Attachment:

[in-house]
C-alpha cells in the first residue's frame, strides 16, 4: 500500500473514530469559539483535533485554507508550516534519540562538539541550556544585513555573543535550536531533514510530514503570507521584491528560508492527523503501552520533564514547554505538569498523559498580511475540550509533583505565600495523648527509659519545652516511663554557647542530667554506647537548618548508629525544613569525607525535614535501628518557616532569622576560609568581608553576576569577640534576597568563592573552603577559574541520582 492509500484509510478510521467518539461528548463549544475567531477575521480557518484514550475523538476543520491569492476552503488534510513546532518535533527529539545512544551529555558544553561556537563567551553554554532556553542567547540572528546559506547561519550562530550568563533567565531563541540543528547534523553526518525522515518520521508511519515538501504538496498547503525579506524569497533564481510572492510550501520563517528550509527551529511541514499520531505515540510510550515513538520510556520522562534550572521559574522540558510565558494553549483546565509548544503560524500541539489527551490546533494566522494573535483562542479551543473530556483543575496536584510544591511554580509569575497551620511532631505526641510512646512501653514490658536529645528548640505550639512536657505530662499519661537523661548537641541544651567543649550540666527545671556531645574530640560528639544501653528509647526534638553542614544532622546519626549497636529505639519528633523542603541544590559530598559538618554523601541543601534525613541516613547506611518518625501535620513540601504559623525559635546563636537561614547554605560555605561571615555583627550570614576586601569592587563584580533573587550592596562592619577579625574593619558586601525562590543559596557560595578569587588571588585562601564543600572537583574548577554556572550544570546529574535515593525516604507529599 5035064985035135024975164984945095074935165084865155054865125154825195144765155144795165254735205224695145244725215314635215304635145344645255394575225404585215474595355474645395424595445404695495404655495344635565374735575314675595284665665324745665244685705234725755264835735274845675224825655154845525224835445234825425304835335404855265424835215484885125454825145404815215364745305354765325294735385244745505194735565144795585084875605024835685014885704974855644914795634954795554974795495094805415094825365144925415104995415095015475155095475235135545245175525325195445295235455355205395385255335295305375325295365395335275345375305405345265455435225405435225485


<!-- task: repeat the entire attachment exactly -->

[in-house]
C-alpha cells in the first residue's frame, strides 16, 4: 500500500473514530469559539483535533485554507508550516534519540562538539541550556544585513555573543535550536531533514510530514503570507521584491528560508492527523503501552520533564514547554505538569498523559498580511475540550509533583505565600495523648527509659519545652516511663554557647542530667554506647537548618548508629525544613569525607525535614535501628518557616532569622576560609568581608553576576569577640534576597568563592573552603577559574541520582 492509500484509510478510521467518539461528548463549544475567531477575521480557518484514550475523538476543520491569492476552503488534510513546532518535533527529539545512544551529555558544553561556537563567551553554554532556553542567547540572528546559506547561519550562530550568563533567565531563541540543528547534523553526518525522515518520521508511519515538501504538496498547503525579506524569497533564481510572492510550501520563517528550509527551529511541514499520531505515540510510550515513538520510556520522562534550572521559574522540558510565558494553549483546565509548544503560524500541539489527551490546533494566522494573535483562542479551543473530556483543575496536584510544591511554580509569575497551620511532631505526641510512646512501653514490658536529645528548640505550639512536657505530662499519661537523661548537641541544651567543649550540666527545671556531645574530640560528639544501653528509647526534638553542614544532622546519626549497636529505639519528633523542603541544590559530598559538618554523601541543601534525613541516613547506611518518625501535620513540601504559623525559635546563636537561614547554605560555605561571615555583627550570614576586601569592587563584580533573587550592596562592619577579625574593619558586601525562590543559596557560595578569587588571588585562601564543600572537583574548577554556572550544570546529574535515593525516604507529599 5035064985035135024975164984945095074935165084865155054865125154825195144765155144795165254735205224695145244725215314635215304635145344645255394575225404585215474595355474645395424595445404695495404655495344635565374735575314675595284665665324745665244685705234725755264835735274845675224825655154845525224835445234825425304835335404855265424835215484885125454825145404815215364745305354765325294735385244745505194735565144795585084875605024835685014885704974855644914795634954795554974795495094805415094825365144925415104995415095015475155095475235135545245175525325195445295235455355205395385255335295305375325295365395335275345375305405345265455435225405435225485